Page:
The “dark” Greens, as you call them are not the old codgers nor a boys’ club. I’d suggest they are merely those who want to see the accurate representation of green values.

        There are plenty of women in the local Greens who contributed to the preselection voting. It’s easy to look over the entrails and make pronouncements about people’s voting motivations. But maybe the old adage “disunity is death in politics” played some role in the outcome.

        • That sounds more like self delusional statement , to me, in order to justify why the Dark Green Greens got flogged in the Elections

          It was the candidates that the Dark Greens put up as their offering to Byron after the coup .It was also about who the Dark Greens did NOT put forward ,

          Byron rejected the offering

          As for shades of ” Greens ” , next , you will tell me that the Watermelon Greens don’r exist either ?

          • I am not a Green voter (not first preference anyway) nor delusional. One of the things that has distinguished the Green philosophy is a certain purism rather than pragmatism so I would suggest someone is largely either a Green or not.

            You might be right about the approaches and policies voters preferred but at some point candidates need to come clean about their priorities – environment versus the profit ethic.

            As for watermelon greens, that’s rather a red herring. If by pink, or red you’re referring to an emphasis on equity and social justice I’d suggest that is not inconsistent the Green philosophy nor the environmental movement. Environmentalism hold that a healthy environment is in the long-term interests of all not something to be exploited for the short-term gain of the rich and powerful.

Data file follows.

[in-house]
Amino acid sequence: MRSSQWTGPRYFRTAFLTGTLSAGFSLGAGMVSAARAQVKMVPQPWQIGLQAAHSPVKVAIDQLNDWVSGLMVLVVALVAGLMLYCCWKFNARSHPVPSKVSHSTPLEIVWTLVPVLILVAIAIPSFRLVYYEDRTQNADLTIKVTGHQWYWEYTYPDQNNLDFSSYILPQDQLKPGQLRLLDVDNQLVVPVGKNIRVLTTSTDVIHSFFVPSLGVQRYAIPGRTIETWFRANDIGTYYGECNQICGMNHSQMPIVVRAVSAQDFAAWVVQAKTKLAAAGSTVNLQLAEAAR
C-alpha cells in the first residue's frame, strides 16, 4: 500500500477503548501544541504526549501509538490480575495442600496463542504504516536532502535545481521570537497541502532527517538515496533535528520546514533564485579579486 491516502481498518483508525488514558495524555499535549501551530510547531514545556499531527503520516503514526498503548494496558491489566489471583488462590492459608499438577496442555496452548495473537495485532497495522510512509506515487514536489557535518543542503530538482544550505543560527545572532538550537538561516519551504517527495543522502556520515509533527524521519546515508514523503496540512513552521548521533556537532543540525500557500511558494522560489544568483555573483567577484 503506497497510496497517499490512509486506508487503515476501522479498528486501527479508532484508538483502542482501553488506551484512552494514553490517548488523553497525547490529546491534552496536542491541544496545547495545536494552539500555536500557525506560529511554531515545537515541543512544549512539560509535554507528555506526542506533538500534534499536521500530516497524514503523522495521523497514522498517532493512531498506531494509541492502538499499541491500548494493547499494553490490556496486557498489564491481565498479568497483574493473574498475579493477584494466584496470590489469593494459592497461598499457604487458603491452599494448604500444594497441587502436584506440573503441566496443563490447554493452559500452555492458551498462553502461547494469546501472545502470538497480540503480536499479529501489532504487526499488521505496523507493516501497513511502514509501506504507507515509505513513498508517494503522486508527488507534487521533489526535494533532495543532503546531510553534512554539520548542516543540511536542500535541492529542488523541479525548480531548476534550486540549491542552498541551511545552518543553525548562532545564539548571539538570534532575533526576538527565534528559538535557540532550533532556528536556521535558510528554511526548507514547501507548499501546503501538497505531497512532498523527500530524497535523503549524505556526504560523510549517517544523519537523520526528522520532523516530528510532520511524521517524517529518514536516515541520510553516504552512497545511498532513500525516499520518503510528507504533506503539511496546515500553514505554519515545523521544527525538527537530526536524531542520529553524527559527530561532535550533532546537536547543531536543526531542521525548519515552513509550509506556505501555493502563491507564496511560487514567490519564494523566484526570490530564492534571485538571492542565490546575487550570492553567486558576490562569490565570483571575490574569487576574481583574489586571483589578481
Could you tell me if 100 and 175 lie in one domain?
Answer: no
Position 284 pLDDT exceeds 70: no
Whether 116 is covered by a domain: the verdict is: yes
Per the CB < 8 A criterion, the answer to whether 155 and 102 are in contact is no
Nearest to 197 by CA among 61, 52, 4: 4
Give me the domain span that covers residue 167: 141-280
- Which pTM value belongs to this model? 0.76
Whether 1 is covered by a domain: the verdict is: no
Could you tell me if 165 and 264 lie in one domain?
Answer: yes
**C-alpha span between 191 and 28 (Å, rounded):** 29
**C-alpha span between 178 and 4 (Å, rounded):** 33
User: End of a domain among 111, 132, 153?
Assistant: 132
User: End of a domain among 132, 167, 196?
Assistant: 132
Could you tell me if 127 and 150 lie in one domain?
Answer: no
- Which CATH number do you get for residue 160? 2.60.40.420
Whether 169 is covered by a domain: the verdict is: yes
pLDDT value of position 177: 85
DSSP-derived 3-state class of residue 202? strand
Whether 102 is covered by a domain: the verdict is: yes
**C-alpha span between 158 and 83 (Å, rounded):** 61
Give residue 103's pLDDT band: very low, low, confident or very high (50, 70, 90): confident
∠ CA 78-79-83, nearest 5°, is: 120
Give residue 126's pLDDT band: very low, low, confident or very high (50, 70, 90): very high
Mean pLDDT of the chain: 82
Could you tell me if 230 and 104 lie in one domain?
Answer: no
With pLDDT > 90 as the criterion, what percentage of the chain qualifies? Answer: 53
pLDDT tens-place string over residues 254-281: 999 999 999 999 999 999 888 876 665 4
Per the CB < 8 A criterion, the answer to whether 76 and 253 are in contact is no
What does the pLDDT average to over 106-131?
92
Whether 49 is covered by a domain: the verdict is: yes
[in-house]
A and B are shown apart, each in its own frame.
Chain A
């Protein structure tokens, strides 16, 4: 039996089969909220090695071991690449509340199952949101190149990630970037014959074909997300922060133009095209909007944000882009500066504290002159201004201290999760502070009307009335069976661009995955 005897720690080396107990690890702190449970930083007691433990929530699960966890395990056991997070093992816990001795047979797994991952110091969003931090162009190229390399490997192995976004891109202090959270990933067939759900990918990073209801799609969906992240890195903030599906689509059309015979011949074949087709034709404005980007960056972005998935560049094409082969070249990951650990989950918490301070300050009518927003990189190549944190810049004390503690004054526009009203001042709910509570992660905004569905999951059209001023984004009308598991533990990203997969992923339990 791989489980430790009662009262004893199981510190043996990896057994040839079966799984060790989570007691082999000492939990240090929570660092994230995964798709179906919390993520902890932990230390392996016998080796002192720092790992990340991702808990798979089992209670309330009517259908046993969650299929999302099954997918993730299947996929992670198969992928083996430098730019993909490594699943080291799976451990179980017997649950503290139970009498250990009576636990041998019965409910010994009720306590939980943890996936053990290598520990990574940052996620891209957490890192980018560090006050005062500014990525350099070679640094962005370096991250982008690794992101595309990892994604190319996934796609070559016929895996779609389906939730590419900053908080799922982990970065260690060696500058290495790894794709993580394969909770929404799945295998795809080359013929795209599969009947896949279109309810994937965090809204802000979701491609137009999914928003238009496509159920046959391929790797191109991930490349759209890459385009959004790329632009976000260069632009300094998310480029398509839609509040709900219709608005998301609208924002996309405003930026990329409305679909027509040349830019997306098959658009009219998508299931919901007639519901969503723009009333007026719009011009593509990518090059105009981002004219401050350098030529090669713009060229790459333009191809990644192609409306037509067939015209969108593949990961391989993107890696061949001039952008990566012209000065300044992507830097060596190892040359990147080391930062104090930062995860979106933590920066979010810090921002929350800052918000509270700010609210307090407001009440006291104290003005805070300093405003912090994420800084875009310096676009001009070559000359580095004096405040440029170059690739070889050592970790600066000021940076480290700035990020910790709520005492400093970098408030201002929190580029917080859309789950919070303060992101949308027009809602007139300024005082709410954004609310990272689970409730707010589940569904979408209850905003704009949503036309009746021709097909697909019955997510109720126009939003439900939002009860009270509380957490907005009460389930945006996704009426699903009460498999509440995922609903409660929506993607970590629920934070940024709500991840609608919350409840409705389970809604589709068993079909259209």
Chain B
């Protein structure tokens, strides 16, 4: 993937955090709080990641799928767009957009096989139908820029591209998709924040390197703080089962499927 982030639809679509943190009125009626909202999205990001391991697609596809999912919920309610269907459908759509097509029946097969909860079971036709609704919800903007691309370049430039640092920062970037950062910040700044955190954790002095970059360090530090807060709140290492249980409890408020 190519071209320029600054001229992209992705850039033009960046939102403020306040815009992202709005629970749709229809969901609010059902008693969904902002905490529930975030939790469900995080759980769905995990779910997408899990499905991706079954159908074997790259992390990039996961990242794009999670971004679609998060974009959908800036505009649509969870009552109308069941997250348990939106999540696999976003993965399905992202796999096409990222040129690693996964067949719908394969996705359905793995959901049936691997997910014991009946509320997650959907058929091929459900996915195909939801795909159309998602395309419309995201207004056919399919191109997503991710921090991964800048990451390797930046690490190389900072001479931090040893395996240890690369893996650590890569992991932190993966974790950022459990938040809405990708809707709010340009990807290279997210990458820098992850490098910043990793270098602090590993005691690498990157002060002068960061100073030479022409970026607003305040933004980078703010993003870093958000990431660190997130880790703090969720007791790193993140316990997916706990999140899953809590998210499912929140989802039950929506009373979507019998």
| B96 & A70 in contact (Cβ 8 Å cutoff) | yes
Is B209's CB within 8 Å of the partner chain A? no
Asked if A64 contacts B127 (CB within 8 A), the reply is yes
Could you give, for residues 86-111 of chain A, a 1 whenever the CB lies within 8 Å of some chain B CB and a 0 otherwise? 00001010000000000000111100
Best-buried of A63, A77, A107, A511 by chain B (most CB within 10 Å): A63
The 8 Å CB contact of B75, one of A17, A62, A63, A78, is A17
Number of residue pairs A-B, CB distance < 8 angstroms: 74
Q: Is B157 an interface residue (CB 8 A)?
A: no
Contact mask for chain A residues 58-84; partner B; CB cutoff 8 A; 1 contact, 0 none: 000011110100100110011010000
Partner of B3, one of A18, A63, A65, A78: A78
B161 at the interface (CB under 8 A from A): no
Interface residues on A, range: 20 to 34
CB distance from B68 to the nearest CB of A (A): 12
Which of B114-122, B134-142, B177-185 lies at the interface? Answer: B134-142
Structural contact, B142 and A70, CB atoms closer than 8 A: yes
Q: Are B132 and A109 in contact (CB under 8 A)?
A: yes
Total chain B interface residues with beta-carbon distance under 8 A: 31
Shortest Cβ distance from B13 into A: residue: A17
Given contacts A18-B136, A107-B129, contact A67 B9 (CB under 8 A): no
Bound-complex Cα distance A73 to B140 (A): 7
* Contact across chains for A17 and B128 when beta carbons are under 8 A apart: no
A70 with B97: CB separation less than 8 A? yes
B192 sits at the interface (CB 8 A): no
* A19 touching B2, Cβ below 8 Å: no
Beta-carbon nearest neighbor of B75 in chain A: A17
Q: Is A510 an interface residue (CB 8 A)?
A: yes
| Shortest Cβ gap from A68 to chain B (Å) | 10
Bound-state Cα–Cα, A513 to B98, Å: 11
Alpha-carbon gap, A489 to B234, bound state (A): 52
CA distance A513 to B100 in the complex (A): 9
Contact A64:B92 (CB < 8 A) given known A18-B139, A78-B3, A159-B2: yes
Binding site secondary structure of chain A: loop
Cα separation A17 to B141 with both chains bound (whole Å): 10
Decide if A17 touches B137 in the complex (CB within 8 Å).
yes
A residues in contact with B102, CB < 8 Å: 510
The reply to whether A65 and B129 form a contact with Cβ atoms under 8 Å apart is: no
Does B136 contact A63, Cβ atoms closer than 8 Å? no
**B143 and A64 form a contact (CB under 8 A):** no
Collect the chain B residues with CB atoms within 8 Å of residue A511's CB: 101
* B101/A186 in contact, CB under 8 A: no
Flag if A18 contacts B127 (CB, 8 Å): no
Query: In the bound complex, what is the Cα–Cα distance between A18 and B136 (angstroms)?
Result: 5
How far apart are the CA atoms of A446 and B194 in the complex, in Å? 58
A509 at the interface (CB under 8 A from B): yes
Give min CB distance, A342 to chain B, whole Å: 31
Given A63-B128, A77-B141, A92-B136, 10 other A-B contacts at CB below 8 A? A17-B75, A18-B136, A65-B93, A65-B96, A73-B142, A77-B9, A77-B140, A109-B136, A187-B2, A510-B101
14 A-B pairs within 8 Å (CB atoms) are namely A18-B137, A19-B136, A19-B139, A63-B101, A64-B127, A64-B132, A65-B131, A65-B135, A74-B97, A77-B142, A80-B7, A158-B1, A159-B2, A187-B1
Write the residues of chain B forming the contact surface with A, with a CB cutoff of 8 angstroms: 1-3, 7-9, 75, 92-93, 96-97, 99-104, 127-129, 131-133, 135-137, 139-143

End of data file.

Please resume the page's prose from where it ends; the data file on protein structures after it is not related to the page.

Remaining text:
• I think you’ll find those responsible for the Greens annihilation is the Greens. Stop this, stop that, sue him, and sue her. Wasteful spending, wasteful ideas.

      Baseline is this, your comment is more than wrong, it’s idiotic. People quit the Greens for a reason, it’s the same reason local membership is down over 50%.

      • I don’t think the Greens on the outgoing Council were into stopping anything much and seemed to bow to many outcomes for fear of Council being sued.

        There seems to be two quite distinct lines of thought here: the Greens didn’t do well because the outgoing Greens weren’t green enough and the Greens didn’t do well because the new candidates were too green.

        I suspect there are many factors at play when people vote.

  4. I have a very different impression of local council greens to the federal greens. I wonder if they talk much… Then again the past decade or so in Byron reminds me of the green party in Canada being taken over by conservatives banking on the passive green voters. Though here is probably just entitled dare-i-say-it nimbyism.

  5. Re the train/trail debate. Richardson could not deliver a train and trail. It was a hollow promise. Lyon has given it 12 months I think he said. I think he knows it wont happen. The Greens got smashed and will surely realise there wont be a track next to a rotting rail line – and there are no votes in it anymore. In Murwillumbah and Casino a trail is being built on the formation and funding will take the trail from Casino to Lismore. A train isnt going to happen. Its nearly 18 years since it went. Support a rail trail and support a Wildlife corridor next to it. Other Greens groups in Oz not only supported a rail trail, they initiated them. And I vote Green.